Iowa is likely to become the next US state to embrace captives, which would make it the 36th US jurisdiction to adopt captive insurance legislation (including the District of Columbia).
On April 24, the Iowa Senate unanimously passed Senate File 549 (SF 549), as amended, “a bill for an act relating to captive insurance companies,” which the House passed earlier in April.
Governor Kim Reynolds is expected to sign the Bill into law, with Bills signed into law normally going into effect 1 July following passage.
SF 549 authorises the formation of pure, association, protected cell, special purpose and industrial insured captives.
The Bill also charges the Iowa Insurance Division with the responsibility of administering the law and promulgating rules under it.
“With a modern, competitive bill that is comparable in many ways to the captive statutes of other jurisdictions, including with respect to premium taxes and fees, dedicated captive regulators and a robust underlying insurance industry, Iowa will be a captive domicile to watch in the future,” said Brian Thomas, associate attorney at Womble Bond Dickinson.
Each captive, including series and protected cell captives, must pay an initial registration fee and an annual renewal fee of $300.
The one-time non-refundable application fee is $200 and every captive must submit an annual report to the Insurance Division by 1 April each year and undergo regulatory exams at the discretion of the insurance commissioner, but no less frequently than every three years.
Annual premium taxes on direct premiums will be 0.35% on the first $20mn of direct premiums, and 0.25% on each dollar of direct premium over $20m.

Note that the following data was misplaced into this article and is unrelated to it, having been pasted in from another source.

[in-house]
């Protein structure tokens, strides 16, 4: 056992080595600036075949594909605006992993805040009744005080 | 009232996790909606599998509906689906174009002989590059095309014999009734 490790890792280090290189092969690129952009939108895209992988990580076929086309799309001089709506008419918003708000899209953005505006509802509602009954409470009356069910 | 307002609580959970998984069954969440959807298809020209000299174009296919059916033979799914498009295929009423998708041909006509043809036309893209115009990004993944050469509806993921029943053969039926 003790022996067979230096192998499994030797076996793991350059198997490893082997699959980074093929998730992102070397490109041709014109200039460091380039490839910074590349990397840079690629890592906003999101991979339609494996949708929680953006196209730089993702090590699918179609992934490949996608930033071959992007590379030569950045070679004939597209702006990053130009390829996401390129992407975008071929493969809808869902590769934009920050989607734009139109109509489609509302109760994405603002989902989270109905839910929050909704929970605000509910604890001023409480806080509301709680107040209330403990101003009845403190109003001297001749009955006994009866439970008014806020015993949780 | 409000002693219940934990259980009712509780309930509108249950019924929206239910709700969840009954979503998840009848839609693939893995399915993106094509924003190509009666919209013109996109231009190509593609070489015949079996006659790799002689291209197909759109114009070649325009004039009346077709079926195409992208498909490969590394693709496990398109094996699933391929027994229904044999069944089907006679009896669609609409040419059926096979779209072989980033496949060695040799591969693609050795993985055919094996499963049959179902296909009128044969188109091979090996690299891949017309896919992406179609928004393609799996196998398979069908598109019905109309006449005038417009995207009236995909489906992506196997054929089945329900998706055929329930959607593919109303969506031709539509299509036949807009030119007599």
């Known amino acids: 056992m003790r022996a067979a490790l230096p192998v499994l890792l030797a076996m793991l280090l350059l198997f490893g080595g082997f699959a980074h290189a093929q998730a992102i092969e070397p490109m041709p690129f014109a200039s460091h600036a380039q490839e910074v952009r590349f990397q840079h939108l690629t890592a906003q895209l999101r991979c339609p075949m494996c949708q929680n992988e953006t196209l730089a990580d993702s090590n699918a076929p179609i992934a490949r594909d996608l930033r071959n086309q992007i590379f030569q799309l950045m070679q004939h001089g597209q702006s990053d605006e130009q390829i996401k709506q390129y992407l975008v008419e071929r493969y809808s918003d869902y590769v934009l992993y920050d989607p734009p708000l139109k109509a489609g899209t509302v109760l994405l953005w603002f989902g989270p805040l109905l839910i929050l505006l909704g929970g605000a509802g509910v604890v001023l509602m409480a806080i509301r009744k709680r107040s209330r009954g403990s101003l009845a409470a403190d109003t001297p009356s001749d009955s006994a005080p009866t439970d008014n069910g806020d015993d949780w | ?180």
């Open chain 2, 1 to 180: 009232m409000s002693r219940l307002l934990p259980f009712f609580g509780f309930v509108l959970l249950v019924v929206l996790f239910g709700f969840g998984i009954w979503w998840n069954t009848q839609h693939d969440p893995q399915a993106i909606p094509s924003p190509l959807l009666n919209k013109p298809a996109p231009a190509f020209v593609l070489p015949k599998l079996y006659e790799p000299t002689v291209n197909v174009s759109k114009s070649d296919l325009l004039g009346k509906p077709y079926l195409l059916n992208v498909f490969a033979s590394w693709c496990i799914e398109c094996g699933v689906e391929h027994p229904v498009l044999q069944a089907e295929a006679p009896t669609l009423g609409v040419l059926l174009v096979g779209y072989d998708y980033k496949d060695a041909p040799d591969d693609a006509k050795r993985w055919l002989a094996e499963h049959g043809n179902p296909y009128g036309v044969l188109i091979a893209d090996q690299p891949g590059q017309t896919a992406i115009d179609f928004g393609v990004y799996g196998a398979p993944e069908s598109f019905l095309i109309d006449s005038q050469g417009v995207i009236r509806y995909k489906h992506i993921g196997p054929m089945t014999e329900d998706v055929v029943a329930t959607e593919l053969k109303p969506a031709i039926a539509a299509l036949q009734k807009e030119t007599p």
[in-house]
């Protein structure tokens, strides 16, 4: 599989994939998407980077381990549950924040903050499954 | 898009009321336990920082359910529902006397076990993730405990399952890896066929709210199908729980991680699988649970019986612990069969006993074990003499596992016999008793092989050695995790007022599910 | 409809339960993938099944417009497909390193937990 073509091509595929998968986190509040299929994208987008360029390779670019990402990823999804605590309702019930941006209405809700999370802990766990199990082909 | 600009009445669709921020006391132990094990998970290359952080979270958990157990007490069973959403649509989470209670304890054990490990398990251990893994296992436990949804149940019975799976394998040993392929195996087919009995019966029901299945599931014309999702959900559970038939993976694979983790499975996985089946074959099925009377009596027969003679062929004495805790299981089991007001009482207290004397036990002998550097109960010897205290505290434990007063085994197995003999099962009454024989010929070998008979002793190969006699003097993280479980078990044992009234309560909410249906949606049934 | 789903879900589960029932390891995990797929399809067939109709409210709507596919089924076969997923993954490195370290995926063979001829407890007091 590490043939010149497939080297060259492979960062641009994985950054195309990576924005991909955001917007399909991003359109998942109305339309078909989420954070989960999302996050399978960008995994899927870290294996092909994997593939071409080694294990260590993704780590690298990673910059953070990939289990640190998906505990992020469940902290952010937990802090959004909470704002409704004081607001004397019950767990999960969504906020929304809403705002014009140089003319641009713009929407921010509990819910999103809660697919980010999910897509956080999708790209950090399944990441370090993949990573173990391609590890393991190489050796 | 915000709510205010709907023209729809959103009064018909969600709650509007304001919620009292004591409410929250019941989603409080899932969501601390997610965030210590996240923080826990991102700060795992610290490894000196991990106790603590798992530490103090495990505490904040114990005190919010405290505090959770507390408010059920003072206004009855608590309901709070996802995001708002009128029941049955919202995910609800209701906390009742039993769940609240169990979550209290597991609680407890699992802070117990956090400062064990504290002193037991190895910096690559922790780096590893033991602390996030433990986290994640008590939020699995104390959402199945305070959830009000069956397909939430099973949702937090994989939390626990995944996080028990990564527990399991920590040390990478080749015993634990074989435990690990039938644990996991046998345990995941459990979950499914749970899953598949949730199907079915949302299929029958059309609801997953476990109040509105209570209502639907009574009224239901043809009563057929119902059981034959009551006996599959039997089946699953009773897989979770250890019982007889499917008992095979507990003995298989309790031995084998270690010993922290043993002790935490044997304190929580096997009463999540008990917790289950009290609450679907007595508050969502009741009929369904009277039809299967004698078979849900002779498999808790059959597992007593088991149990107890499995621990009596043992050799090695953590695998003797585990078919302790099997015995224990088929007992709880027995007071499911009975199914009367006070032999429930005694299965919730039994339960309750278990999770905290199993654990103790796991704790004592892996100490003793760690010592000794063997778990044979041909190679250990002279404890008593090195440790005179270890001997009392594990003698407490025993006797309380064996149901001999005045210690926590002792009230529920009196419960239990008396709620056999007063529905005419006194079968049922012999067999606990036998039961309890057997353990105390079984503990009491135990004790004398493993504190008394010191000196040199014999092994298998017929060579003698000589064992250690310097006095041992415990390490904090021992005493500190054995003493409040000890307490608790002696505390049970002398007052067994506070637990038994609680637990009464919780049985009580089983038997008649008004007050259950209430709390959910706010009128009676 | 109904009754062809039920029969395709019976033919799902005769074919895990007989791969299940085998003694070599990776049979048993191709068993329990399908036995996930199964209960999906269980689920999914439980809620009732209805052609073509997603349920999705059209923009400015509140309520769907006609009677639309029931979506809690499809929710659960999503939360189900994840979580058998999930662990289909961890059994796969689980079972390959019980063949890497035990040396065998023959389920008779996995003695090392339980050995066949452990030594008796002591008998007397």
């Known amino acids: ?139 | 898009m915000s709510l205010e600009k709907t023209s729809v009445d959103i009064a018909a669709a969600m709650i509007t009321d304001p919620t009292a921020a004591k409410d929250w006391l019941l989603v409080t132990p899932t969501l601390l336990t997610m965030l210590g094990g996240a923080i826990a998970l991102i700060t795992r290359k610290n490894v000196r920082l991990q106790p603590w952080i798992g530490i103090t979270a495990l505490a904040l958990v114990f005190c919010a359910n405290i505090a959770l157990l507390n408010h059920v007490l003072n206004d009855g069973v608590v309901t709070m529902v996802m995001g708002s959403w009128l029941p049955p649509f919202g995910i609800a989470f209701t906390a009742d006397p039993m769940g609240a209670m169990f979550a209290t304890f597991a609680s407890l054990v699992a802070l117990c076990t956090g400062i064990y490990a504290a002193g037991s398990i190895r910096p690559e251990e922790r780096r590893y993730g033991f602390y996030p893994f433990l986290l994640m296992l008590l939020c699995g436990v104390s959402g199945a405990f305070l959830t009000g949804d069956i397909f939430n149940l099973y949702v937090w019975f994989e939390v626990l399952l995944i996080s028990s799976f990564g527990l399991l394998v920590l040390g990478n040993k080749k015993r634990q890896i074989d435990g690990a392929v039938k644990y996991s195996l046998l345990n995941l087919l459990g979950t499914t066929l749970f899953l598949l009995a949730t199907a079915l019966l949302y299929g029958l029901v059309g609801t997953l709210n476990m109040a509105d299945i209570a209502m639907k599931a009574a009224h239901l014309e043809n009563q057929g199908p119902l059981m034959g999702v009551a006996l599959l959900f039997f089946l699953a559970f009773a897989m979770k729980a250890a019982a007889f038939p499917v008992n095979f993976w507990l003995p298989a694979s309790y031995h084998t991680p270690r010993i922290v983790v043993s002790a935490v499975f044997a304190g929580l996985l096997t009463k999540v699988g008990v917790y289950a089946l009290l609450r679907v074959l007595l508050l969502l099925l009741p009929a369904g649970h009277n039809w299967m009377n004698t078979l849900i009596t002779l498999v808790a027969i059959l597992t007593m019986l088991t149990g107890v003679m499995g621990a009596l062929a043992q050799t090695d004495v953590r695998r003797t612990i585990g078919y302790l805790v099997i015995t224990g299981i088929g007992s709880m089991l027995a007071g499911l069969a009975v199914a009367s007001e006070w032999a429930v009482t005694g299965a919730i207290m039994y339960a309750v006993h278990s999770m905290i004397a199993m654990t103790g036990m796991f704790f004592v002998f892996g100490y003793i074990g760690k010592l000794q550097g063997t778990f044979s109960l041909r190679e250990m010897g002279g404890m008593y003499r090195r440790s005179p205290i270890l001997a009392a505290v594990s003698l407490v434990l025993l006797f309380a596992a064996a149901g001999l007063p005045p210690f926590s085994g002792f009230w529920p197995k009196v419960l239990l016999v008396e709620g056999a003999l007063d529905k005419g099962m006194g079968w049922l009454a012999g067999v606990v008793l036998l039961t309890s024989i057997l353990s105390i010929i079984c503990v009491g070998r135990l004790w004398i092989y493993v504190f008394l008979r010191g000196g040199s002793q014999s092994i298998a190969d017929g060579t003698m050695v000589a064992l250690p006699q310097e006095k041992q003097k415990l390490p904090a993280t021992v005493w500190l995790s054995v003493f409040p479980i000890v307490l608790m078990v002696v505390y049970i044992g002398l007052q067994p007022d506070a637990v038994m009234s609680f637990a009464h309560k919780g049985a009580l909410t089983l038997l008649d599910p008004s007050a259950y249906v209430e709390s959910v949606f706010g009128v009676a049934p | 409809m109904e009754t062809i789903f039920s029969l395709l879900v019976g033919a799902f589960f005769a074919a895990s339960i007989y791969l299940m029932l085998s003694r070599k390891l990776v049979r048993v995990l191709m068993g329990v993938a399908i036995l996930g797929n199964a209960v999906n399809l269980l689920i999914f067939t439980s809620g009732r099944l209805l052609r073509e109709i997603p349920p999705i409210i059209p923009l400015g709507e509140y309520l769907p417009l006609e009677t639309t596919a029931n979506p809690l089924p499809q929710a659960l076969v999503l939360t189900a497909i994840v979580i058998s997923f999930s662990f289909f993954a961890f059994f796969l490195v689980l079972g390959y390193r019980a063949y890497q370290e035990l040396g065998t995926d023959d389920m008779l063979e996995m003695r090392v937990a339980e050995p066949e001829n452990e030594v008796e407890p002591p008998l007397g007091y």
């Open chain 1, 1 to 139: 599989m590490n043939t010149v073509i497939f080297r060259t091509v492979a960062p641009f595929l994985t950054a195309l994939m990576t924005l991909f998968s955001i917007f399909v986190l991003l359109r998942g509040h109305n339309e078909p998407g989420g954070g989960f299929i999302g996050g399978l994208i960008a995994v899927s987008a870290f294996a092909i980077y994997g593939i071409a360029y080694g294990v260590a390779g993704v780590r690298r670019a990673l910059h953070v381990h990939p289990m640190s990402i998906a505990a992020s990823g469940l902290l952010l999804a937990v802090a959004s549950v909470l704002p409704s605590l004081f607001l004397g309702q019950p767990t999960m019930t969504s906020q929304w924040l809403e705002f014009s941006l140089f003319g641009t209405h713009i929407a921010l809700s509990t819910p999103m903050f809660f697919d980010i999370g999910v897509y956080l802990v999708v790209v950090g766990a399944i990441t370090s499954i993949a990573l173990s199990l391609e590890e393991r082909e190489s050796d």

Annual premium taxes on assumed reinsurance premiums will be 0.20% of assumed reinsurance premiums up to $20m, and 0.125% of assumed reinsurance premiums from $20m to $40m.
Assumed reinsurance premiums that exceed $40m will be taxed at 5%.
The General Assembly has set the minimum annual premium tax for all captives at $5,000, and like the vast majority of other captive jurisdictions, a captive domiciled in Iowa will be required to have a director or manager that is a resident of the state.
Additionally, the parties responsible for managing each captive will be required to hold an annual meeting in Iowa each year.
Iowa will also have dedicated captive insurance regulators, and the Insurance Division is expected to establish a captive insurance bureau to carry out its obligations.
The bureau will be staffed by three new full-time employees: a bureau chief, an examiner specialist and an examiner.